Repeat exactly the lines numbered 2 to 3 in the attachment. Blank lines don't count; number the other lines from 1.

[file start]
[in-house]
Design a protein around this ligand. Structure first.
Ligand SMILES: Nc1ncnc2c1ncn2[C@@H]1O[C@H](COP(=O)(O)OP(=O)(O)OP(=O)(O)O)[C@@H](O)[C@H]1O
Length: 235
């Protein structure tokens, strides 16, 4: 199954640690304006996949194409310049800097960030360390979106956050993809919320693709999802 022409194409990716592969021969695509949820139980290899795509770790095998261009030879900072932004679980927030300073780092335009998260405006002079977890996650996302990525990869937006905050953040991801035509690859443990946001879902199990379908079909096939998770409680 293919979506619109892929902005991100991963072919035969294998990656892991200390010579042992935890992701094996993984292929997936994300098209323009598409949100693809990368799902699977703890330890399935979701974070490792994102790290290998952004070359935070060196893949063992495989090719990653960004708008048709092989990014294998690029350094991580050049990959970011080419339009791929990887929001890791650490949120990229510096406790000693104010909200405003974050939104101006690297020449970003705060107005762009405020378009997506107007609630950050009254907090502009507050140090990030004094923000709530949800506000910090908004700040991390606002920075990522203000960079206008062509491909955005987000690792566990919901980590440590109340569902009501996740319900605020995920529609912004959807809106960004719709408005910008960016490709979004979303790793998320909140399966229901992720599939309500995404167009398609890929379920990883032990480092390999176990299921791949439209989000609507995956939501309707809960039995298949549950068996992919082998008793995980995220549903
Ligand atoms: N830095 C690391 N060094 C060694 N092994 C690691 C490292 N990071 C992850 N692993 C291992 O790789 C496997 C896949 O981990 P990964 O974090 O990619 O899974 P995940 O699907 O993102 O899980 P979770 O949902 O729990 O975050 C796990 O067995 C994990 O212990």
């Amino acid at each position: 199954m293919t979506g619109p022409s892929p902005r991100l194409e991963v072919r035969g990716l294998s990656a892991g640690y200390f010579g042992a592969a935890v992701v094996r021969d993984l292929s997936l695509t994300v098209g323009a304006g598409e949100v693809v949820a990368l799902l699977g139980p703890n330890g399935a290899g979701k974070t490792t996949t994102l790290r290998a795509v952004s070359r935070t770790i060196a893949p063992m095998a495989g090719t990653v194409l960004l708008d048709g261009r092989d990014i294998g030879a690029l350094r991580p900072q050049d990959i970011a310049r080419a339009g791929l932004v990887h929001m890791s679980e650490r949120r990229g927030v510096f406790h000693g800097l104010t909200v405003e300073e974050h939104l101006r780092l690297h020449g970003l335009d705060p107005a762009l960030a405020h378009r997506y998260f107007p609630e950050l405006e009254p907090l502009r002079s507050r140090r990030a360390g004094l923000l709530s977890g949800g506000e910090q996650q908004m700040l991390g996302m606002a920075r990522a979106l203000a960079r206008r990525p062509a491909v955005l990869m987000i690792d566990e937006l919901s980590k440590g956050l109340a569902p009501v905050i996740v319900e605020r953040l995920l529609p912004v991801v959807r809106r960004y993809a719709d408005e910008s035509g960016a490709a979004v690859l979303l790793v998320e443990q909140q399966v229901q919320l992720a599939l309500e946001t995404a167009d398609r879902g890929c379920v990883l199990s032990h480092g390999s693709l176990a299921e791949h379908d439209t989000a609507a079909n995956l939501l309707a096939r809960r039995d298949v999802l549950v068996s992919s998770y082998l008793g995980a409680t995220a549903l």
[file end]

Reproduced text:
Design a protein around this ligand. Structure first.
Ligand SMILES: Nc1ncnc2c1ncn2[C@@H]1O[C@H](COP(=O)(O)OP(=O)(O)OP(=O)(O)O)[C@@H](O)[C@H]1O